By, Dhanuraj and Rahul V. Kumar

This study seeks to find an answer to this question: which one can be a successful model in sports in India: Planned Approach or a Spontaneous Order?’ The study explains that planned sporting activities in India have not led to any significant achievements for the country in competitive sporting events. In other words, government spending on sports has failed to generate substantial returns in terms of producing competitive athletes or good sports facilities to promote them.

Executive Summary

Freedom and financial independence from the state are decisive in improving sports in India. The federal government is a facilitator of sports development in the country. However, it has been observed that in recent times cronyism is a constant phenomenon in sports associations/councils. In the most glaring case, India was banned from participating in the Olympics by the International Olympic Committee (IOC) in 2012.

Individual sporting events in India are handled by (seemingly) autonomous federations which are supported at the state and district level by similar agencies. These federations have voting rights in the Indian Olympic Association (IOA). With the presence of a considerable number of politicians (who have no background in sports) as presidents or other representatives of these associations, it is worth speculating that there are gains in holding these posts. Interviews with stakeholders confirm these speculations to an extent. These interviews also reflect the rot that is facing the state controlled sporting sector. This in turn, raises the question as to what role the state should play in developing sports in India.

The year 2008 was a landmark in sports development in India with the introduction of a new model in cricket. Prior to this, and since the World Cup victory in 1983, cricket gained huge popularity compared to other sporting events in India. Hosting the cricket World Cup in 1987 and the financial support received from business houses in India for the event were decisive. The game gained sufficient revenue to make it financially independent from the government.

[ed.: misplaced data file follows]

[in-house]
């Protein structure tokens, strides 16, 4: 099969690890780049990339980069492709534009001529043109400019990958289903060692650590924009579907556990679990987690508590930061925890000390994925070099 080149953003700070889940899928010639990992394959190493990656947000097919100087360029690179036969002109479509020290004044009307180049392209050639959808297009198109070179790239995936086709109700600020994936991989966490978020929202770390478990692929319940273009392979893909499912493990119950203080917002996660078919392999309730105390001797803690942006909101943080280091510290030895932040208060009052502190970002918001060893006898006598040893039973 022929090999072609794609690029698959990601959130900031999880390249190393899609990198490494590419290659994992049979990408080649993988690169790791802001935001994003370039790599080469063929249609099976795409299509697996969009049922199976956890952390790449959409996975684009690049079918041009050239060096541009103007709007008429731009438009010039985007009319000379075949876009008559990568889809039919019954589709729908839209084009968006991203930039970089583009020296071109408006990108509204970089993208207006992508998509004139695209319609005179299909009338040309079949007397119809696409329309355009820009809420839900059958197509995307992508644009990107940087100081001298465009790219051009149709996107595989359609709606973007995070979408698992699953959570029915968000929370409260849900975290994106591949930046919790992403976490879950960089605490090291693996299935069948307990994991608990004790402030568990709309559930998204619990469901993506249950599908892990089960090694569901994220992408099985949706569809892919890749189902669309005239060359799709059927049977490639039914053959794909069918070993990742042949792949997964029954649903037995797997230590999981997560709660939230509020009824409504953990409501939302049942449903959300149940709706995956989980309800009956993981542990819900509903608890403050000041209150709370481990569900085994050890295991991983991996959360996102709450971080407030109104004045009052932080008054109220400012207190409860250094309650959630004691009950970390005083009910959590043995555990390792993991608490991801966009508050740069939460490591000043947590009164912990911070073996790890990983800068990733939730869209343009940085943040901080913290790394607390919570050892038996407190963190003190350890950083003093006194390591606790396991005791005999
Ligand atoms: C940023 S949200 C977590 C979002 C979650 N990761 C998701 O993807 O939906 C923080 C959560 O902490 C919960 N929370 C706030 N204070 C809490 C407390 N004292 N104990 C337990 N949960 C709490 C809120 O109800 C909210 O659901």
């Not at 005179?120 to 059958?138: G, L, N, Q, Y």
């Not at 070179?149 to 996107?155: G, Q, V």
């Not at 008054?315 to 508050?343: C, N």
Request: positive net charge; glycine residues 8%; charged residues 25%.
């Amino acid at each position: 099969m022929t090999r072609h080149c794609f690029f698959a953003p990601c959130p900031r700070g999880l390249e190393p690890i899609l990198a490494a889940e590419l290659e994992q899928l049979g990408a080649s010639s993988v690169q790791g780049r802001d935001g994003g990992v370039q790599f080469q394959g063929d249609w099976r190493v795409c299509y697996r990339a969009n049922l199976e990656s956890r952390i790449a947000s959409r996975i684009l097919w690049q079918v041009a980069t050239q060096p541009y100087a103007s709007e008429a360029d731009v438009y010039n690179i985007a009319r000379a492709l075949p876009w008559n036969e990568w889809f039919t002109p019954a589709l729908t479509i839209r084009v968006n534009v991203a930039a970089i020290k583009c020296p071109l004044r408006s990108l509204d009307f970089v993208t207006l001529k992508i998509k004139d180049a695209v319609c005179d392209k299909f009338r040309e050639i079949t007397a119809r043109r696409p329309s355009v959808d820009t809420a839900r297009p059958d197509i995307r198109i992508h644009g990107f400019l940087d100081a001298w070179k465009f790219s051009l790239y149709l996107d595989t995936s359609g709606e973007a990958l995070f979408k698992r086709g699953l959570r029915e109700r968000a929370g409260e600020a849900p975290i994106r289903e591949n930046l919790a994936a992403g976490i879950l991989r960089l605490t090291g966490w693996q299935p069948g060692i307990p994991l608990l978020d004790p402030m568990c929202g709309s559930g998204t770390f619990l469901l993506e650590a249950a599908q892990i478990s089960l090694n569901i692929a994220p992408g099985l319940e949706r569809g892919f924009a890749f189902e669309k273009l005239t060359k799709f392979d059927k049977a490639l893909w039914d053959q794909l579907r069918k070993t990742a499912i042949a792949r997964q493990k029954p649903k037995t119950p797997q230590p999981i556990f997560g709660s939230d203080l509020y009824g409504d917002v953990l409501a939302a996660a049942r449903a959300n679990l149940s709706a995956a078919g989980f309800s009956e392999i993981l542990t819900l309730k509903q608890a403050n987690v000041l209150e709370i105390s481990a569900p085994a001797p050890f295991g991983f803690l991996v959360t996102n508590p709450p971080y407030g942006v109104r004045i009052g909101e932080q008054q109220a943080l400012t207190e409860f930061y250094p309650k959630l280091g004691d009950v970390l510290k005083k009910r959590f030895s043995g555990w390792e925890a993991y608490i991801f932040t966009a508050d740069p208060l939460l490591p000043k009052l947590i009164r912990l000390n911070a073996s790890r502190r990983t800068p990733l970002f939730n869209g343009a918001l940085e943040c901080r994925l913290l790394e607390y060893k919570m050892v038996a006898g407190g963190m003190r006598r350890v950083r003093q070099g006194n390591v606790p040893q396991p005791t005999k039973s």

The new model further accentuated this progress and provided opportunities for several youngsters to take it up as a career. The models success was imitated in other major sports including football, hockey, badminton and the indigenous game of kabaddi. Some of these events are in the nascent stage of development, but the options that it has left open is crucial for creating a future generation of sportspersons from India.

With the spurt of sporting events in the new century, it becomes necessary to understand how a new model came up in cricket which seems to have considerably influenced the sector. It also needs to be understood if this growth could be further encouraged and in what manner.

The voluntary support of private individuals and investments from the business community for developing the sector was a crucial feature of this growth. Such a voluntary association has brought more accountability and transparency to sports in India.
The failure of the state on a lot of fronts is already being remedied by private investors. To further this would be the best option for developing sports. The state can further its mandate to the IOA by ensuring the autonomy of sports in the country and keeping it from undue political interferences. What is required is a spontaneous order in sports facilitated by minimal involvement of the federal government.

Read the full report here: Sports Report

D. Dhanuraj
D. Dhanuraj
Dr D Dhanuraj is the Chairman and Managing Trustee of CPPR. He holds a PhD in Science & Humanities (Anna University), MSc Physics (Mahatma Gandhi University) and MA Political Science (Madras Christian College). He also holds a Post Graduate Executive Diploma in International Business from Loyola Institute of Business Administration, Chennai, and has undergone training by TTMBA of Atlas USA, IAF Germany, FEE USA, etc. His core areas of expertise are in urbanisation, urban transport & infrastructure, education, health, livelihood, law, and election analysis. He can be contacted by email at dhanu@cppr.in or on Twitter @dhanuraj

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